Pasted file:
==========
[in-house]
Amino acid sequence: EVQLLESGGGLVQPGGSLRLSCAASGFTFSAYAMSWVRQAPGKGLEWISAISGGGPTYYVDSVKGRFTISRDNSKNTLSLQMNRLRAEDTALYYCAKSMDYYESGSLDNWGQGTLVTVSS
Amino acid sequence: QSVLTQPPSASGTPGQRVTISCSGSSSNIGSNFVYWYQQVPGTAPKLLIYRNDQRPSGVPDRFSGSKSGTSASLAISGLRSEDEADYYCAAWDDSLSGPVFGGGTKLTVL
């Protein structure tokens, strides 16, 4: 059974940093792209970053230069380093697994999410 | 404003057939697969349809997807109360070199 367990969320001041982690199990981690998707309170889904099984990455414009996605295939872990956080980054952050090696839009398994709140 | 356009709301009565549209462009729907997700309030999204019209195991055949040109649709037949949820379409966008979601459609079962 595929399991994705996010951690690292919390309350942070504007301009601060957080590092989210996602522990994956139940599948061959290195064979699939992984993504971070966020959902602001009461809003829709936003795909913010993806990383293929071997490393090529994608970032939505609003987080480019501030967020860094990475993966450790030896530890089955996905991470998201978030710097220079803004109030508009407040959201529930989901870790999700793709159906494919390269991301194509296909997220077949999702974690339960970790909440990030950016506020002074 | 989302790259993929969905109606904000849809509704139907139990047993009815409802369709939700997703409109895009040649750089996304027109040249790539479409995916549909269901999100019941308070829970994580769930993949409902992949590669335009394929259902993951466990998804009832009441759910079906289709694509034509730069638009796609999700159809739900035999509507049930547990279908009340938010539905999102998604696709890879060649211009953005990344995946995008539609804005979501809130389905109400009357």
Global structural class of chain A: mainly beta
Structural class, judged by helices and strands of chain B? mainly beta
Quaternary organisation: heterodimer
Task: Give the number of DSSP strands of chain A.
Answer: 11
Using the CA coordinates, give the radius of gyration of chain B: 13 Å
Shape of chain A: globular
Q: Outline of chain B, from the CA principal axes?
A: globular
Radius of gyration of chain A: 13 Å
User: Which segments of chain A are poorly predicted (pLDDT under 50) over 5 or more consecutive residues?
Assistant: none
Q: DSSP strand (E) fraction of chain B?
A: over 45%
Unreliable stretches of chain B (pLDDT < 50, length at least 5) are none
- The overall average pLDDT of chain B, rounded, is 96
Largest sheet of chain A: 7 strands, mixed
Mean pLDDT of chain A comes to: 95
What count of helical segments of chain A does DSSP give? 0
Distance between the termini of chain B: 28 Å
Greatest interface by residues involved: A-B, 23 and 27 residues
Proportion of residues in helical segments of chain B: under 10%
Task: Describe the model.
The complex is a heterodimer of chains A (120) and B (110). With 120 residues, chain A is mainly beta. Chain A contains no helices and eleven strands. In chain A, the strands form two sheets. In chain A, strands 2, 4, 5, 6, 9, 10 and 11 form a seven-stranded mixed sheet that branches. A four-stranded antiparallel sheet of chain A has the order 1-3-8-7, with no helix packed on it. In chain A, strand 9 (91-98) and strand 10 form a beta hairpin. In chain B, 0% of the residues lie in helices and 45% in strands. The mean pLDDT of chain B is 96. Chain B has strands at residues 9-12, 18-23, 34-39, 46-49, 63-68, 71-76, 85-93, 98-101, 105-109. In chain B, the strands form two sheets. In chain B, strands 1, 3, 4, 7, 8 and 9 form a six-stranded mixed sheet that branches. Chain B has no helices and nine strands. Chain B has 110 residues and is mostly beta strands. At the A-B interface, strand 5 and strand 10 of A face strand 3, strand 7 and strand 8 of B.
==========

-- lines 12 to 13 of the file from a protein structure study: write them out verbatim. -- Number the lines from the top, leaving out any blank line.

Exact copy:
Q: Outline of chain B, from the CA principal axes?
A: globular